Iowa statehouse passes through fetal heartbeat bill

Sergio Conner
May 3, 2018

Iowa's predominantly Republican legislature passed a bill that would prohibit abortions after a fetal heartbeat is detected, a significant step toward enacting one of the most restrictive laws of its kind in the United States, which would pave the way for a showdown in the U.S. Supreme Court.

Several doctors testified in support of Milkovich's proposal on Wednesday and Gov. John Bel Edwards has said he would be inclined to sign the bill into law if approved. Exceptions would be made for rape, situations in which the mother's life is in danger, incest, and fetal abnormalities.

If signed into law, this would be one of the most restrictive abortion laws in the country, and it's likely a lawsuit would immediately be filed to block it. Bill supporters have said they want Iowa to take this law to the nation's highest court to challenge the Roe v. Wade decision that affirmed a woman's right to obtain an abortion.

"Today we will begin this journey as Iowa becomes ground zero nationally for the life movement and the starting line back to the Supreme Court", said Sen. Rick Bertrand, (R) Iowa.

"It is risky for woman in Iowa and it is blatantly unconstitutional and we are frankly horrified", Planned Parenthood of the Heartland Director of Public Affairs Erin Davidson Rippey said.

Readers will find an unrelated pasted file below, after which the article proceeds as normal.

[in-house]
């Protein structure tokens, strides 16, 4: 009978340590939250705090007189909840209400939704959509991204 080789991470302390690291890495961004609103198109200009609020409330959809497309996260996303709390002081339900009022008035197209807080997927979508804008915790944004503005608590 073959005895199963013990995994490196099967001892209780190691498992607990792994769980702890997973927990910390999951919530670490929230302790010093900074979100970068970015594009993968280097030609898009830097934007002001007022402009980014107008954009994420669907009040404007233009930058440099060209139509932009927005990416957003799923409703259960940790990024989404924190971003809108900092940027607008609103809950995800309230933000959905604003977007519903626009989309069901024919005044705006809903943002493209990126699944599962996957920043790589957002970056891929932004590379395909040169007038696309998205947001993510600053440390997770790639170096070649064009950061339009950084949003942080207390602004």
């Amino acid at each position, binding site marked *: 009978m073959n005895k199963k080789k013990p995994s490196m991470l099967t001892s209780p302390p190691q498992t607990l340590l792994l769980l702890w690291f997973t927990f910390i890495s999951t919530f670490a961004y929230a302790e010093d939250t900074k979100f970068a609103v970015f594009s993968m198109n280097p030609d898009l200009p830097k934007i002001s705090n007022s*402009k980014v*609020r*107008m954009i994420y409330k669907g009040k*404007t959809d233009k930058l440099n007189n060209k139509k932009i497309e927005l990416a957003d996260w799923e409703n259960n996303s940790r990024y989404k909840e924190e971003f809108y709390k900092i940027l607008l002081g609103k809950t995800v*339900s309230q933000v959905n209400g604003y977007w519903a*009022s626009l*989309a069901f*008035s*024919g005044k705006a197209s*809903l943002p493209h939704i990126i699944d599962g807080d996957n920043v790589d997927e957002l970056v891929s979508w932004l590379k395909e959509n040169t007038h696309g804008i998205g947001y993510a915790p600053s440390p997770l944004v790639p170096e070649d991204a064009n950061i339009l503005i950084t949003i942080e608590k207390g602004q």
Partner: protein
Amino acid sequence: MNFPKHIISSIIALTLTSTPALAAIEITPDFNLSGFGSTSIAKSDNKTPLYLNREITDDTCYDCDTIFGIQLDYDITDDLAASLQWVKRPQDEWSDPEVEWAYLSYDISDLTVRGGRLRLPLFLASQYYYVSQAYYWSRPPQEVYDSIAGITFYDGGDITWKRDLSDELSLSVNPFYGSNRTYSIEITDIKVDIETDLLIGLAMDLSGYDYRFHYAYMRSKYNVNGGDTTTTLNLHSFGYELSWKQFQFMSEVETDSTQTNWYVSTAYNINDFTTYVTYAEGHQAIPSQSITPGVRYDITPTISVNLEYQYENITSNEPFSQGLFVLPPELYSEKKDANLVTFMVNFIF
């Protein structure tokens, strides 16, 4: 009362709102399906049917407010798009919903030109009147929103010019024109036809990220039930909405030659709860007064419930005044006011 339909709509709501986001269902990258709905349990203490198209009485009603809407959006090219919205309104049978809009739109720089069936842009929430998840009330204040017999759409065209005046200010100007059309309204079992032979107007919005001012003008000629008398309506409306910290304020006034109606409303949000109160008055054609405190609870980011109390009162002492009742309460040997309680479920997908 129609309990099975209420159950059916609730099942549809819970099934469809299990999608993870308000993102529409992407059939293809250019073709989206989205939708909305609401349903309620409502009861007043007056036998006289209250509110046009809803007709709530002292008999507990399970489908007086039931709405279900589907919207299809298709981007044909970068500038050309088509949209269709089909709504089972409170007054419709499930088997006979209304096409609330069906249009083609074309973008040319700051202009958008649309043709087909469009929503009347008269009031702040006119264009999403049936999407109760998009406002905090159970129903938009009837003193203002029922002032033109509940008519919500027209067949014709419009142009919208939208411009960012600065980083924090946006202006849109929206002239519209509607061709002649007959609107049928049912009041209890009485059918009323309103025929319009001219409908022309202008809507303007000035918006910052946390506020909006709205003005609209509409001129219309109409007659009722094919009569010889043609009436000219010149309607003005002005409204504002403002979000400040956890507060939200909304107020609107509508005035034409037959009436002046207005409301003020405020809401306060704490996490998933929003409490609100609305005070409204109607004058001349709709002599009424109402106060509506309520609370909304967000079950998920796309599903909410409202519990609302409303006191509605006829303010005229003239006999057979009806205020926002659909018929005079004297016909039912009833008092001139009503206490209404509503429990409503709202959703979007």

NARAL Pro-Choice America national communications director Kaylie Hanson Long said in a statement that Iowa's potential law would ban abortion before most women knew they were pregnant.

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The Supreme Court in 2016 rejected appeals by both North Dakota and Arkansas to preserve similar "heartbeat" laws, which had been struck down by lower courts.

The law could deny a woman an abortion as early as six weeks into her pregnancy.

Milkovich's proposal was approved in the Senate last week with an amendment that it will only go into law if the Fifth Circuit Court of Appeals rules in favor of a similar law in MS that also bans abortions after 15 weeks.

Many other states have recently been attempting to advance and push for more abortion laws, such as MS, which recently passed a law that prohibits abortions after 15 weeks.

Although the bill does declare that nearly all abortions after a fetal heartbeat is detected are illegal it doesn't spell out what the penalty for violating the law would be.

Rep. Mary Wolfe, a Democrat from Clinton, said that "absolutely nothing" would stop a "desperate" woman from lying to a physician, who can not investigate whether a pregnancy is the result of incest and can not report it to law enforcement. It and other similar "heartbeat" legislation have been found unconstitutional by lower courts. "That is, under previous supreme court precedence, this kind of bill is clearly not constitutional". "This bill says it's time to change the way we think about unborn life", said Rep.

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